Monday, November 10, 2008

javascript:flink On The Range

Two convoys of Black SUVs arrived at the old rifle range about thirty minutes north of Langley. It had been a training facility back in World War II, and had been government property ever since, but had been bounced between departments without anyone finding any great use for it, and so it had become overgrown for many years. Now the CIA had claimed it for themselves and had restored it to its former glory as a rifle range, albeit one with large patches of burnt grass and trees all over the place.

The President and Vice-President got out of their respective SUVs and walked over to a group of men from the CIA.

"Mr President, Mr Vice-President, welcome to Tasty Fowl range," Bill Torum said. "I'm Bill Torum, agent in charge of this project. Let me introduce my team to you. This is Chris Rudd, Dave Donaldson, John Nakamura, our shooter, and Tony Sparrow," Bill said as he pointed to each man in turn.

"Good morning gentlemen," the President said to them. "What have you got to show me this morning?"

"If you'll come this way, Sir, we'll give you our demonstration," Bill said.

The group walked over towards the shelter at the end of the range. They stood behind a firing stall and Agent Nakamura stood in front of the group.

"Are you ready for this, Mr President?" Agent Nakamura asked.

"Ready when you are," the President replied.

Agent Nakamura turned to face downrange. "Itadekimasu" he shouted and a ball of fire about the size of a basketball appeared in front of him and moved down the range rapidly.

"The directon of the fire can be controlled with a pointing gesture, as can the fireballs speed," Bill explained, as Agent Nakamura demonstrated with a series of fireballs aimed at targets spread across the range. "The louder you say the word the larger the fireball. They can be as small as a baseball or up to about two feet across," Bill continued.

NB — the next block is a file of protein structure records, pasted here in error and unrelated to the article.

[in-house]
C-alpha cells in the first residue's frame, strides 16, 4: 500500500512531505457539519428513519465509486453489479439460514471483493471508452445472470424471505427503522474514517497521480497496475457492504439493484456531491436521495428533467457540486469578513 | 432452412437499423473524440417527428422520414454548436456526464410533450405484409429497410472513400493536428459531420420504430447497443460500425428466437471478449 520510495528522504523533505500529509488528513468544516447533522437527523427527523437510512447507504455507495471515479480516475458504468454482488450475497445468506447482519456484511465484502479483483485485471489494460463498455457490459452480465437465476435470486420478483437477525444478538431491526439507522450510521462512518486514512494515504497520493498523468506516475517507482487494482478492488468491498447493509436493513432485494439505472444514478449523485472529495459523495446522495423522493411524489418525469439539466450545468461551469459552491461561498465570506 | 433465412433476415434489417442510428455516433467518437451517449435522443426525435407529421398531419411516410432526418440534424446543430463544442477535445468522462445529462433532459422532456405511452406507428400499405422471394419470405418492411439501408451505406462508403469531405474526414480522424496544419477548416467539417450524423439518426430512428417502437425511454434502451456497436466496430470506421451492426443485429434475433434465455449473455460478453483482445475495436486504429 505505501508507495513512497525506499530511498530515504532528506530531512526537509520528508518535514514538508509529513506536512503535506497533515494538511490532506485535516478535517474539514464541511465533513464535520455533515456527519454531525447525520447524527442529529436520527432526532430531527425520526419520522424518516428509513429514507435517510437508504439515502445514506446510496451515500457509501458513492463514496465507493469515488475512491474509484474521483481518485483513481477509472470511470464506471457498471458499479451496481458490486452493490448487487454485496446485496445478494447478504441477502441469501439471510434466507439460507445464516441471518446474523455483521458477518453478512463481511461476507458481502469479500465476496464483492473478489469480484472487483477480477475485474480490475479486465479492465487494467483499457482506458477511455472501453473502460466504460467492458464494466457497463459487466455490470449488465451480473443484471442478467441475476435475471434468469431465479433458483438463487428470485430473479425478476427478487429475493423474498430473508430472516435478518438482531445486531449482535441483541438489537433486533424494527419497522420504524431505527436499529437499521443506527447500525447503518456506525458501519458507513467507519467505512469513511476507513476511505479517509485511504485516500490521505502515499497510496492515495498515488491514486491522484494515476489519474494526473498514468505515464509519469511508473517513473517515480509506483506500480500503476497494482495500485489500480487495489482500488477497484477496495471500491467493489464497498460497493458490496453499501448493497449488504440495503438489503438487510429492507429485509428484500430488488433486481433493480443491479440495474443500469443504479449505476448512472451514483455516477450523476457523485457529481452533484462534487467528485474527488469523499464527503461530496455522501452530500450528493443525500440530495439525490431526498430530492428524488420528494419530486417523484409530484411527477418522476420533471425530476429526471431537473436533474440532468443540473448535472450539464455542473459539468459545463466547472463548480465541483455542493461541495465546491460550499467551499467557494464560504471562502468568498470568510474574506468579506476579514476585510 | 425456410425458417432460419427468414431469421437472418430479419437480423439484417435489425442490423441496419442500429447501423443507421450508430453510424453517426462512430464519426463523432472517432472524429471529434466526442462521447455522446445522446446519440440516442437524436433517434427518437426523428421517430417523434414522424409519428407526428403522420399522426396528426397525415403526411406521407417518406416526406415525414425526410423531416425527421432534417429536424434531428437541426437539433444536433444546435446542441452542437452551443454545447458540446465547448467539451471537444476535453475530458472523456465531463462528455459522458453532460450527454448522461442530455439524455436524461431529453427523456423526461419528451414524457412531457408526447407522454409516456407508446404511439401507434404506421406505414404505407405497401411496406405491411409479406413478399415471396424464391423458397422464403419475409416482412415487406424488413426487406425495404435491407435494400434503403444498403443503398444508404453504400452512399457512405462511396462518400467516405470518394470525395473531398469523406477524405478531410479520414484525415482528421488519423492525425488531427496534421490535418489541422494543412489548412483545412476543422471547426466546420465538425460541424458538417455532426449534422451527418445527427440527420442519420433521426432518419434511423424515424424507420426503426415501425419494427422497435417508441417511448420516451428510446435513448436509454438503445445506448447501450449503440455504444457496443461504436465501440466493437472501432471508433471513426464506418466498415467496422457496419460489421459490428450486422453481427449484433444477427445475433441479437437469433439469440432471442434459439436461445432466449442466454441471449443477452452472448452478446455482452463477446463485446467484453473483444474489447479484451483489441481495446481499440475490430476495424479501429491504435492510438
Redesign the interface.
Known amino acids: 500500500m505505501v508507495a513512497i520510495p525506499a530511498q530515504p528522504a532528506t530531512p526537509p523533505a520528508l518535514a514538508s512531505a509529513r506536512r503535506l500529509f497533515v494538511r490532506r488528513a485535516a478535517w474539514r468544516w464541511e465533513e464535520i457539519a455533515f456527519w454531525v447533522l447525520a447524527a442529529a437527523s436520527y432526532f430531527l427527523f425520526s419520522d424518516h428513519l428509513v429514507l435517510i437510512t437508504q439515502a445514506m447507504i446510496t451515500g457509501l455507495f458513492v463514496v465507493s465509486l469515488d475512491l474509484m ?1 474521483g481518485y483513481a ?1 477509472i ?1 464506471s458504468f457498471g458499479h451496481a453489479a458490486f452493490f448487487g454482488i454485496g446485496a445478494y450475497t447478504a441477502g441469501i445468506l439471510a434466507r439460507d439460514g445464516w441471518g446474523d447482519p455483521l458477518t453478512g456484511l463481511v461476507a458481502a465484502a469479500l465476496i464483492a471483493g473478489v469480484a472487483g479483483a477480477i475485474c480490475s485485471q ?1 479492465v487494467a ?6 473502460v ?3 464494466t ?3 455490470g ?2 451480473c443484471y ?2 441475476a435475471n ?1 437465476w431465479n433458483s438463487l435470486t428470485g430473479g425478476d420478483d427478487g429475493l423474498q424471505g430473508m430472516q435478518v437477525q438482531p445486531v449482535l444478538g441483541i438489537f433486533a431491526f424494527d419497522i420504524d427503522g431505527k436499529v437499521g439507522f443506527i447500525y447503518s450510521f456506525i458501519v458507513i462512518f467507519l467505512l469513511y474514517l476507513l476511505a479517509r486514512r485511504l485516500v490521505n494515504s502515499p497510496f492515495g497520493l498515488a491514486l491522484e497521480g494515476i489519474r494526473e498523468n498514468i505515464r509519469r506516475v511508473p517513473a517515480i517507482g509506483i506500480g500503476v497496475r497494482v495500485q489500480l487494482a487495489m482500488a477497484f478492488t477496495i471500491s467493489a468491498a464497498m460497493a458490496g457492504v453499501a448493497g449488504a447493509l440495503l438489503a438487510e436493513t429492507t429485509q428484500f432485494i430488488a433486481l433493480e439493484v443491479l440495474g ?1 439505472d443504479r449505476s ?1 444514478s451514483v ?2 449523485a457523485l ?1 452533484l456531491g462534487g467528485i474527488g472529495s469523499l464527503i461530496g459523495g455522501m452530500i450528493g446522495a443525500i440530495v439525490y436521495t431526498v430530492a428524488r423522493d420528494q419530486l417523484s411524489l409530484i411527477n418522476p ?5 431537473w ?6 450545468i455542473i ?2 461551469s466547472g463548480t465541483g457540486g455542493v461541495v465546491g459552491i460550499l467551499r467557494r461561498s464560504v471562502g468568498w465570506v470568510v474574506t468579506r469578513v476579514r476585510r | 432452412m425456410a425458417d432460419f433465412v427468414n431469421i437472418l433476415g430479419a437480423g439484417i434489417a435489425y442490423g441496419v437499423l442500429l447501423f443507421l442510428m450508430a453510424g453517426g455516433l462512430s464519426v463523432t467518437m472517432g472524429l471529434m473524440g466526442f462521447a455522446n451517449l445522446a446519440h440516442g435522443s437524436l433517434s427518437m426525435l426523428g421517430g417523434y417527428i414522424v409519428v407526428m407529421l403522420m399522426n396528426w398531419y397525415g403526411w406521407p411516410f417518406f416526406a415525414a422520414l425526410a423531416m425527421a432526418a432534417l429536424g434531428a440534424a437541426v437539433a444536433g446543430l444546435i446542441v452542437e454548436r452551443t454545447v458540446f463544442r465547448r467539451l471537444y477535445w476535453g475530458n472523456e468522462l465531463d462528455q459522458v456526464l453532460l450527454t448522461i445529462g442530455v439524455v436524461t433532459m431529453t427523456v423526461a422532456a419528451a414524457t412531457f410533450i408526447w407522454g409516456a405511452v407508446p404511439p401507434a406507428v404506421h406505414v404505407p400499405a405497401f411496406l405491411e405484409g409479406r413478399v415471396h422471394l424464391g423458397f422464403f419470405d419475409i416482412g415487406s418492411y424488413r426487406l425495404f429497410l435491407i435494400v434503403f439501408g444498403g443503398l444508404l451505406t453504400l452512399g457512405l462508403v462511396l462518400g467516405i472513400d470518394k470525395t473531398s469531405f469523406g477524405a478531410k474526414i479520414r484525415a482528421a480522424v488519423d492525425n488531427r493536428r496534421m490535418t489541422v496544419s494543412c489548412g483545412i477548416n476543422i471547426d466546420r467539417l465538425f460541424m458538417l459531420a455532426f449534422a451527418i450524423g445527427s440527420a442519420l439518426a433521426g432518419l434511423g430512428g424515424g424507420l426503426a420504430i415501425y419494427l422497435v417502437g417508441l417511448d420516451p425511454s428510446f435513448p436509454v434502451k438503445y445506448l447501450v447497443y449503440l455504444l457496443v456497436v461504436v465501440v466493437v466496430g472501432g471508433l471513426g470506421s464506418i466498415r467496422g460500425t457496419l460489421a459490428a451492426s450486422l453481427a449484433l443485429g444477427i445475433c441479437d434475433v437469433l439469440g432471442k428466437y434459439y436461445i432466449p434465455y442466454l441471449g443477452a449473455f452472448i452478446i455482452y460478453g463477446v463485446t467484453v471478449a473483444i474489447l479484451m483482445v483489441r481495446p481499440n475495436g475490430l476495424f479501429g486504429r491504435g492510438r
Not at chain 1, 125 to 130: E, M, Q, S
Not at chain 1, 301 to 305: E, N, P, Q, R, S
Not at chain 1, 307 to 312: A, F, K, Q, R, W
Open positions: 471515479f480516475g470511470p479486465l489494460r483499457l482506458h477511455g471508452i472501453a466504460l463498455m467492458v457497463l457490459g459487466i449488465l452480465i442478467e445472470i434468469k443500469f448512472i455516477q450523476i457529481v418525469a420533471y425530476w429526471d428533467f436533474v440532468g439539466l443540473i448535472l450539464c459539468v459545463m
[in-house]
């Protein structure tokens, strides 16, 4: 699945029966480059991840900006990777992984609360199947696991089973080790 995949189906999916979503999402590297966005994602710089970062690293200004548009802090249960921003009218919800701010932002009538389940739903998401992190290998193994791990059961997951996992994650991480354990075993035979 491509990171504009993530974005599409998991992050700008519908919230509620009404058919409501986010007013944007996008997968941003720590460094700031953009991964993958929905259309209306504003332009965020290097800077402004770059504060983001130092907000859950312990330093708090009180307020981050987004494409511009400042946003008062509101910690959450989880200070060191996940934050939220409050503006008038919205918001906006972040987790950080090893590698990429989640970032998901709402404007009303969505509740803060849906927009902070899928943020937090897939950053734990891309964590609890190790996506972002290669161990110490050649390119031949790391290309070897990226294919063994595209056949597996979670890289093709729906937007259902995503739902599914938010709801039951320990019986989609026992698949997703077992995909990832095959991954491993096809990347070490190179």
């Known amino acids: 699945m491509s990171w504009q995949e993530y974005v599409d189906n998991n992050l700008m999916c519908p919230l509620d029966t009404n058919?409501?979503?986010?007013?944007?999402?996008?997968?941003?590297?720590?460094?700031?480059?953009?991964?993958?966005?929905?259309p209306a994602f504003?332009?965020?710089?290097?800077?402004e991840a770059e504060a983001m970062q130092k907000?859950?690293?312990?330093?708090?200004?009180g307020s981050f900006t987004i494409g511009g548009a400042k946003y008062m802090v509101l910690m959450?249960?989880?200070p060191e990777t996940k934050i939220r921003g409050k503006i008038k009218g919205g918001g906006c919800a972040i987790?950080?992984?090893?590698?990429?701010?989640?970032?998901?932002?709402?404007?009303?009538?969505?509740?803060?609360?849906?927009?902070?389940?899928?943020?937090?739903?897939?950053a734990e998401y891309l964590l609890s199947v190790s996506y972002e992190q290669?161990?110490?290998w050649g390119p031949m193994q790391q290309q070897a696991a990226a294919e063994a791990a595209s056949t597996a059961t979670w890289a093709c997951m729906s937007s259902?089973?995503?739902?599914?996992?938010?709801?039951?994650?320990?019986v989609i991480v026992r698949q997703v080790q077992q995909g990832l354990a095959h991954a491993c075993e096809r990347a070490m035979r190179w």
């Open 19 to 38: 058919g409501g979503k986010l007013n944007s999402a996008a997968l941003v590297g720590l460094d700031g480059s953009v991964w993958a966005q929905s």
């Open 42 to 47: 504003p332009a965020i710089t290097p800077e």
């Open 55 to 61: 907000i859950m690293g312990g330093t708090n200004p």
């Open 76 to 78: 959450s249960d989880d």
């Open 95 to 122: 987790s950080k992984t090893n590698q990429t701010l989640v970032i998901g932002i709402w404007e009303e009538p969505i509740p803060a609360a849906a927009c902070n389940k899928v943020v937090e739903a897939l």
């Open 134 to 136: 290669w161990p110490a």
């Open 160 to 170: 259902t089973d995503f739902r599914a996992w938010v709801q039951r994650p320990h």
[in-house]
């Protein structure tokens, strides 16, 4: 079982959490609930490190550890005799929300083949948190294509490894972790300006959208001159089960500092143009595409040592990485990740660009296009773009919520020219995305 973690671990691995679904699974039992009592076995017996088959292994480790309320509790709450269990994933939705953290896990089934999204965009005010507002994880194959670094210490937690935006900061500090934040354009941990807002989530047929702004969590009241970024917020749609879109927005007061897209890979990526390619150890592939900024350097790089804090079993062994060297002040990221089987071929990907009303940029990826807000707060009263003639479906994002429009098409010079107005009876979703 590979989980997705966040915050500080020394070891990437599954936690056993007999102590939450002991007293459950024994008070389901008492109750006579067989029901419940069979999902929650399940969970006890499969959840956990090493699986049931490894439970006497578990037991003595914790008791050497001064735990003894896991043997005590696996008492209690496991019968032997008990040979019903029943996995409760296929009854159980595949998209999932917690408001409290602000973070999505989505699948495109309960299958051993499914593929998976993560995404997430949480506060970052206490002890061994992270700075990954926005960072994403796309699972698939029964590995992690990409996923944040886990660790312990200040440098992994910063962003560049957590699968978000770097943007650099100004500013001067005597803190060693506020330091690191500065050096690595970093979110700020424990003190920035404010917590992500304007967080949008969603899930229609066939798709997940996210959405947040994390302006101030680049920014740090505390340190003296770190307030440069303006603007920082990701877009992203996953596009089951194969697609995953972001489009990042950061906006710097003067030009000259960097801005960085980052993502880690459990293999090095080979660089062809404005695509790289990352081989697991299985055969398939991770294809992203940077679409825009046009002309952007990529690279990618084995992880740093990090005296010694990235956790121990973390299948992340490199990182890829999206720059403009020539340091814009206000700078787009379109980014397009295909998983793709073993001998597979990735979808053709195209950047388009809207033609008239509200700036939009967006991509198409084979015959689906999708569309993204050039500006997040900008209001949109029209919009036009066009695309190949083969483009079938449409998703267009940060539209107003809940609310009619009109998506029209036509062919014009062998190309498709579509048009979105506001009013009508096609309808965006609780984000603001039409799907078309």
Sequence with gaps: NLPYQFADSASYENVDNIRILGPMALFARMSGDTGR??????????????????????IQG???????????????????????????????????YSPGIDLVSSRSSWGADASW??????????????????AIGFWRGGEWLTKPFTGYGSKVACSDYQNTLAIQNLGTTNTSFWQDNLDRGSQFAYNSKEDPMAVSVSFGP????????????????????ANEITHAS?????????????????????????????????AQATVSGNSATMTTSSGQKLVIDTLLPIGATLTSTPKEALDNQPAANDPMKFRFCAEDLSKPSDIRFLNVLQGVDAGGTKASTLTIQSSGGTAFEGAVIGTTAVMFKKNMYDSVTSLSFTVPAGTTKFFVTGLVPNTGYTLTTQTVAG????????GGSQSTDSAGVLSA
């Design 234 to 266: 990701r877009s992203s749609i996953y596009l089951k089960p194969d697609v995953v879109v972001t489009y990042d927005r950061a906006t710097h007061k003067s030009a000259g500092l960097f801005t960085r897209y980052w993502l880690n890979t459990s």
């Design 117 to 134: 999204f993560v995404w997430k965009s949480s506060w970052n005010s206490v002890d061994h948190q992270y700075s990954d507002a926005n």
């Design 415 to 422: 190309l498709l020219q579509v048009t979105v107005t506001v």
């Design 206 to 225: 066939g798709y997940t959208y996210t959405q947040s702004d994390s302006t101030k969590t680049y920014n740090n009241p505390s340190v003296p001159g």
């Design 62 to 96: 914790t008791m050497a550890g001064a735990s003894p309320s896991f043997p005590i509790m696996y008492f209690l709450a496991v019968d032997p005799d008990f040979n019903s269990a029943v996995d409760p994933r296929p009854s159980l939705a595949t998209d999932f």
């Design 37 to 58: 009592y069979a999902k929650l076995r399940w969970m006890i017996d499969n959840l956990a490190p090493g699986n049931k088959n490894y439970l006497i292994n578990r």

"How hard is it to do?" the President asked.

"The only tricky part is getting the pronunciation just right. If you're a little off it won't work," Bill answered. "Would you like to give it a try?"

"Is it safe?" the President asked, a little nervous at the prospect of doing this himself.

"The fireball always heads away from you in the direction you point, so the thrower is always safe," Agent Nakamura explained. "Just come up here and face down range."

The President did as he was instructed and aked "Now what?"

"Just point and say the word. Like this," he said, then pointed and called out "Itadekimasu".

"All right then," the President said, and steeled himself for what he was about to do.

"Eat-a-duck-I-must" he shouted and pointed emphatically down the range. Nothing happened.

"You need to say it a little bit quicker, Mr President, the middle section sounds more like 'deck-ee', not 'duck-eye', and there's no 't' at the end," Nakamura told the unsuccessful President. "It usually takes a few tries to get the pronunciation right," he reassured the statesman.

"Eat-a-deck-ee-mast" the President shouted, again with no effect.

"Try it one more time, like this 'ee-ta-dek-ki-mas'," Nakamura said, enunciating the magic word syllable by syllable.

"Itadekimasu" the President yelled, and a large fireball flew down the range.

"Jumping Jesus on a pogo-stick," the President exclaimed. "I did it," he continued disbelievingly. He was silent for a few moments while it sank in. "What do you guys need to keep working on this?"

"We need more agents to investigate reports of other supernatural activities. We need scientists and engineers to work out why magic is working now, when it hasn't for the last six thousand years, and how it works. We need facilities to work in, we need to be able to travel to where things happen and we need all of this quickly," Bill Torum replied in a smooth manner that only comes from lots of preparation.

"You've got it," the President told him.

"There's one other thing, Sir. We're going to have to go public with this pretty soon," Bill told him.

"Why on Earth would we do that?" The Vice-President asked incredulously. "If we do it will open up a gigantic can of worms. Not to mention it could start a new cold war, with magic instead of missiles."

"For a start, how else are we going to convice the Japanese to stop saying this word. It's their tradition. Second, other countries will probably have done exactly what we've done. You would know better than I if there have been any similar incidents at our foreign counterparts. And finally, the public will work this out soon enough anyway, and if we've been hiding, it will look like we're behind the curve. If we come out soon and announce it, we'll be ahead of the curve instead," Bill explained.

"That will get decided by people above your paygrade Bill, but we will definitely take those arguments under advisement," The President said. "Are we done here?"

"That was all we wanted to demonstrate today, Sir," Bill told him.

"Right then. Thank you gentleman, it's been a very interesting morning," the President said. He turned to his principal Secret Service Officer "Let's get back to Washington."

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